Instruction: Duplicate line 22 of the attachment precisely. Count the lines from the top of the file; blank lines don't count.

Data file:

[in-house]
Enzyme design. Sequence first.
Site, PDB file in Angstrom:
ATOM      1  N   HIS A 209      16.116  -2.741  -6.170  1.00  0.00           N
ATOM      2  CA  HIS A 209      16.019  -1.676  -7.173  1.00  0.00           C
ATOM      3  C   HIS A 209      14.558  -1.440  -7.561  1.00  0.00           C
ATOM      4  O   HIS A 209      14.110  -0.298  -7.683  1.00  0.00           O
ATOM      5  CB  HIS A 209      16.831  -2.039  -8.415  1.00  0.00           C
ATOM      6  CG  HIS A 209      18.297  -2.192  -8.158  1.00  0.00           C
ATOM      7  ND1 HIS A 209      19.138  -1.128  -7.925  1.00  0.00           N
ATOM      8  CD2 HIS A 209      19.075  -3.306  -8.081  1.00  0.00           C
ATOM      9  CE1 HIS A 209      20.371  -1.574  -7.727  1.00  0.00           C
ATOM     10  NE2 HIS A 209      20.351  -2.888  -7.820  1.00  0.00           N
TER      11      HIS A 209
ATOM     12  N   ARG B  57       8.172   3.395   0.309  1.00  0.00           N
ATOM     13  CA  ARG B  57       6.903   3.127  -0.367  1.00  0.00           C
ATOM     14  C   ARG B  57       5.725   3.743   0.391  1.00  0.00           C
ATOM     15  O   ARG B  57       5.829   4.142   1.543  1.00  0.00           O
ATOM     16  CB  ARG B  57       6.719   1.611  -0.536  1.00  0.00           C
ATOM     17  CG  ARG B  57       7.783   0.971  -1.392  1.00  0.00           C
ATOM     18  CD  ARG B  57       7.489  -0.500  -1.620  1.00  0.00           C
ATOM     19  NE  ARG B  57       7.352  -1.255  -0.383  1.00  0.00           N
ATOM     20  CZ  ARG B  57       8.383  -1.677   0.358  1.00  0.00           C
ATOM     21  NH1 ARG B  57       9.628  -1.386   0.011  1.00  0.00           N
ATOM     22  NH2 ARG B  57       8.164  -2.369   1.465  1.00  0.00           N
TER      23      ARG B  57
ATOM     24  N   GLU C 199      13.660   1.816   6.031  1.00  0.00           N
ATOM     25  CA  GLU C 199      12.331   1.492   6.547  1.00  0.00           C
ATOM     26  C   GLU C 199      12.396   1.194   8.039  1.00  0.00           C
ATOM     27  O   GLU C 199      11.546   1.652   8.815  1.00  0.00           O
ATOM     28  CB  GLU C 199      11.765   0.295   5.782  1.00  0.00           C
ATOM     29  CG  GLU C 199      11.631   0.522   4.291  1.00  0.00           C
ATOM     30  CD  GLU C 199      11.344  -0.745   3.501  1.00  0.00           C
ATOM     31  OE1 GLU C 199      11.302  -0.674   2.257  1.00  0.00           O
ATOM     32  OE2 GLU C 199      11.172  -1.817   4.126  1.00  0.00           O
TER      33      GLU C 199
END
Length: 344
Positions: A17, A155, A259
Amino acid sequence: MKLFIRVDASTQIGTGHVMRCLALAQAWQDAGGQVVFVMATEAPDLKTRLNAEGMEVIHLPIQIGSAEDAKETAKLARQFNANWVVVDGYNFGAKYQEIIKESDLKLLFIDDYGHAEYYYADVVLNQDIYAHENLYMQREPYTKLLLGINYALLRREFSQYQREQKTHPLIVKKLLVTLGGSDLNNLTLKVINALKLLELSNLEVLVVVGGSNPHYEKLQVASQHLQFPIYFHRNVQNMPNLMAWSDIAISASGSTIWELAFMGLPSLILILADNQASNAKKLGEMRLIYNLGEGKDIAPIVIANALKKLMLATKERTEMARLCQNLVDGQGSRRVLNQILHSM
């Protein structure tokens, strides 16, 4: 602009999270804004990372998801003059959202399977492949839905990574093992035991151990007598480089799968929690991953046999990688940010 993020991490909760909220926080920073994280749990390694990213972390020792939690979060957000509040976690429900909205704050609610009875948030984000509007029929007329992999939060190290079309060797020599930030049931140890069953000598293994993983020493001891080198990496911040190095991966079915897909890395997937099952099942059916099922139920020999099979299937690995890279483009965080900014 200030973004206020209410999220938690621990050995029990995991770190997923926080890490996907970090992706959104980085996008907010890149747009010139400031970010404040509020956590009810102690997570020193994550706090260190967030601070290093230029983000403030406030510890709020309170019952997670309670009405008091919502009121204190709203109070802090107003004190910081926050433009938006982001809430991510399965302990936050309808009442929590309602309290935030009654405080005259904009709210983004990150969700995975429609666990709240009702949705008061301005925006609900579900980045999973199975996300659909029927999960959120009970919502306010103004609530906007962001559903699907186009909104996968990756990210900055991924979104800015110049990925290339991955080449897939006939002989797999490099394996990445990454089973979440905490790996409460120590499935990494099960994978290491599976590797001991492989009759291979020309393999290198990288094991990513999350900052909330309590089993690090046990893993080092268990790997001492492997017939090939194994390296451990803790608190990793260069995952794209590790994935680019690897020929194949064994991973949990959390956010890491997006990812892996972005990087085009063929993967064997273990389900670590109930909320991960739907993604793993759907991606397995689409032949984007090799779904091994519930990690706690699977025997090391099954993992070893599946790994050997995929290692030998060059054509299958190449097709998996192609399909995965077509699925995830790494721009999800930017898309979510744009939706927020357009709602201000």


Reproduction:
ATOM     19  NE  ARG B  57       7.352  -1.255  -0.383  1.00  0.00           N